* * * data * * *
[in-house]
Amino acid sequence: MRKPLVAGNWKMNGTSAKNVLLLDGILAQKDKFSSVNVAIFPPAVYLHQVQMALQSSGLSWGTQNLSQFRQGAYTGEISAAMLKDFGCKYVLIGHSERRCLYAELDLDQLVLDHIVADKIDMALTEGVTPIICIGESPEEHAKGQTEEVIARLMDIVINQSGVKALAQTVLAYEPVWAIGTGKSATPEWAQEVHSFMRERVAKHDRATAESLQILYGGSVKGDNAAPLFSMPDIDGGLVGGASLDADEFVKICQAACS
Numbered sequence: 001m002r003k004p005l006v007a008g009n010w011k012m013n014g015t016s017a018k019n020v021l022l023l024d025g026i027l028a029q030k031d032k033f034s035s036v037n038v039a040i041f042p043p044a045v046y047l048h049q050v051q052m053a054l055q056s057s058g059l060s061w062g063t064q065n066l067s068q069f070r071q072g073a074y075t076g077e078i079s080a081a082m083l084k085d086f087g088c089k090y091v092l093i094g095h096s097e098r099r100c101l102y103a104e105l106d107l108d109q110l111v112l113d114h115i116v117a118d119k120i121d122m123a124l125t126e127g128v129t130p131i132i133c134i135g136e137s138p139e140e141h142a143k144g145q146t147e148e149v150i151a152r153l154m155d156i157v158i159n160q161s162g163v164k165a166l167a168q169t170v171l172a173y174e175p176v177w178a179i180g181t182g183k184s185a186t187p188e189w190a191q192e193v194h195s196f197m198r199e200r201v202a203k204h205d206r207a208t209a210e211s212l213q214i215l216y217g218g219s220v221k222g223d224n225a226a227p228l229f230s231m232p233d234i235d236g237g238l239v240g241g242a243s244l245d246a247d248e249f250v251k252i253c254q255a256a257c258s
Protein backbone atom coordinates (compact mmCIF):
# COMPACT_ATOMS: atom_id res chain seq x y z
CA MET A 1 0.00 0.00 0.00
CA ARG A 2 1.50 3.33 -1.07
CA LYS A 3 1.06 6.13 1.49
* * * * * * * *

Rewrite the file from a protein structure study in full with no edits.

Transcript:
[in-house]
Amino acid sequence: MRKPLVAGNWKMNGTSAKNVLLLDGILAQKDKFSSVNVAIFPPAVYLHQVQMALQSSGLSWGTQNLSQFRQGAYTGEISAAMLKDFGCKYVLIGHSERRCLYAELDLDQLVLDHIVADKIDMALTEGVTPIICIGESPEEHAKGQTEEVIARLMDIVINQSGVKALAQTVLAYEPVWAIGTGKSATPEWAQEVHSFMRERVAKHDRATAESLQILYGGSVKGDNAAPLFSMPDIDGGLVGGASLDADEFVKICQAACS
Numbered sequence: 001m002r003k004p005l006v007a008g009n010w011k012m013n014g015t016s017a018k019n020v021l022l023l024d025g026i027l028a029q030k031d032k033f034s035s036v037n038v039a040i041f042p043p044a045v046y047l048h049q050v051q052m053a054l055q056s057s058g059l060s061w062g063t064q065n066l067s068q069f070r071q072g073a074y075t076g077e078i079s080a081a082m083l084k085d086f087g088c089k090y091v092l093i094g095h096s097e098r099r100c101l102y103a104e105l106d107l108d109q110l111v112l113d114h115i116v117a118d119k120i121d122m123a124l125t126e127g128v129t130p131i132i133c134i135g136e137s138p139e140e141h142a143k144g145q146t147e148e149v150i151a152r153l154m155d156i157v158i159n160q161s162g163v164k165a166l167a168q169t170v171l172a173y174e175p176v177w178a179i180g181t182g183k184s185a186t187p188e189w190a191q192e193v194h195s196f197m198r199e200r201v202a203k204h205d206r207a208t209a210e211s212l213q214i215l216y217g218g219s220v221k222g223d224n225a226a227p228l229f230s231m232p233d234i235d236g237g238l239v240g241g242a243s244l245d246a247d248e249f250v251k252i253c254q255a256a257c258s
Protein backbone atom coordinates (compact mmCIF):
# COMPACT_ATOMS: atom_id res chain seq x y z
CA MET A 1 0.00 0.00 0.00
CA ARG A 2 1.50 3.33 -1.07
CA LYS A 3 1.06 6.13 1.49